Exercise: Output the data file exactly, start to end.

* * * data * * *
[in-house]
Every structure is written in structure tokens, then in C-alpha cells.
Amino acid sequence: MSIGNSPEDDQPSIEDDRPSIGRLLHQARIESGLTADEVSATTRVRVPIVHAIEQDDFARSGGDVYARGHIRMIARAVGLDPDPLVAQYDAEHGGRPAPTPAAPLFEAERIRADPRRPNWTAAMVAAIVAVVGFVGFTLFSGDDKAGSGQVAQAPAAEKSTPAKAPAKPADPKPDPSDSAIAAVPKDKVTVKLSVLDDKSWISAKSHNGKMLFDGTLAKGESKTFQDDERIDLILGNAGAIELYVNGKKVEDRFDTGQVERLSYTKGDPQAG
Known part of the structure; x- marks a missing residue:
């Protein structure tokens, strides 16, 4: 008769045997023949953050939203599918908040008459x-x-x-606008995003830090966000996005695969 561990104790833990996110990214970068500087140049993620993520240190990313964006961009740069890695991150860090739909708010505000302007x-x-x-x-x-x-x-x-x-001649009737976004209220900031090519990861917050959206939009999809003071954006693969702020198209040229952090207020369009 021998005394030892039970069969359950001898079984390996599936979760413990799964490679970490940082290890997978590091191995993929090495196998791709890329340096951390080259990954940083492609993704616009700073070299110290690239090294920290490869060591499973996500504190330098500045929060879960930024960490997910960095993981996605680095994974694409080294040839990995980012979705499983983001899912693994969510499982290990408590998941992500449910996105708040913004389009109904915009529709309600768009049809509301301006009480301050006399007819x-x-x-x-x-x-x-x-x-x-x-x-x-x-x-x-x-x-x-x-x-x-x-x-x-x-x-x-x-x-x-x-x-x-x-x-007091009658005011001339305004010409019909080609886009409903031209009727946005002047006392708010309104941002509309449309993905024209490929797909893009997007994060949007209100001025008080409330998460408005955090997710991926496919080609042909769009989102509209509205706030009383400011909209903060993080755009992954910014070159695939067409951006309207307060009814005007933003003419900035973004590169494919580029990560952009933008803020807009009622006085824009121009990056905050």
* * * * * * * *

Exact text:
[in-house]
Every structure is written in structure tokens, then in C-alpha cells.
Amino acid sequence: MSIGNSPEDDQPSIEDDRPSIGRLLHQARIESGLTADEVSATTRVRVPIVHAIEQDDFARSGGDVYARGHIRMIARAVGLDPDPLVAQYDAEHGGRPAPTPAAPLFEAERIRADPRRPNWTAAMVAAIVAVVGFVGFTLFSGDDKAGSGQVAQAPAAEKSTPAKAPAKPADPKPDPSDSAIAAVPKDKVTVKLSVLDDKSWISAKSHNGKMLFDGTLAKGESKTFQDDERIDLILGNAGAIELYVNGKKVEDRFDTGQVERLSYTKGDPQAG
Known part of the structure; x- marks a missing residue:
């Protein structure tokens, strides 16, 4: 008769045997023949953050939203599918908040008459x-x-x-606008995003830090966000996005695969 561990104790833990996110990214970068500087140049993620993520240190990313964006961009740069890695991150860090739909708010505000302007x-x-x-x-x-x-x-x-x-001649009737976004209220900031090519990861917050959206939009999809003071954006693969702020198209040229952090207020369009 021998005394030892039970069969359950001898079984390996599936979760413990799964490679970490940082290890997978590091191995993929090495196998791709890329340096951390080259990954940083492609993704616009700073070299110290690239090294920290490869060591499973996500504190330098500045929060879960930024960490997910960095993981996605680095994974694409080294040839990995980012979705499983983001899912693994969510499982290990408590998941992500449910996105708040913004389009109904915009529709309600768009049809509301301006009480301050006399007819x-x-x-x-x-x-x-x-x-x-x-x-x-x-x-x-x-x-x-x-x-x-x-x-x-x-x-x-x-x-x-x-x-x-x-x-007091009658005011001339305004010409019909080609886009409903031209009727946005002047006392708010309104941002509309449309993905024209490929797909893009997007994060949007209100001025008080409330998460408005955090997710991926496919080609042909769009989102509209509205706030009383400011909209903060993080755009992954910014070159695939067409951006309207307060009814005007933003003419900035973004590169494919580029990560952009933008803020807009009622006085824009121009990056905050």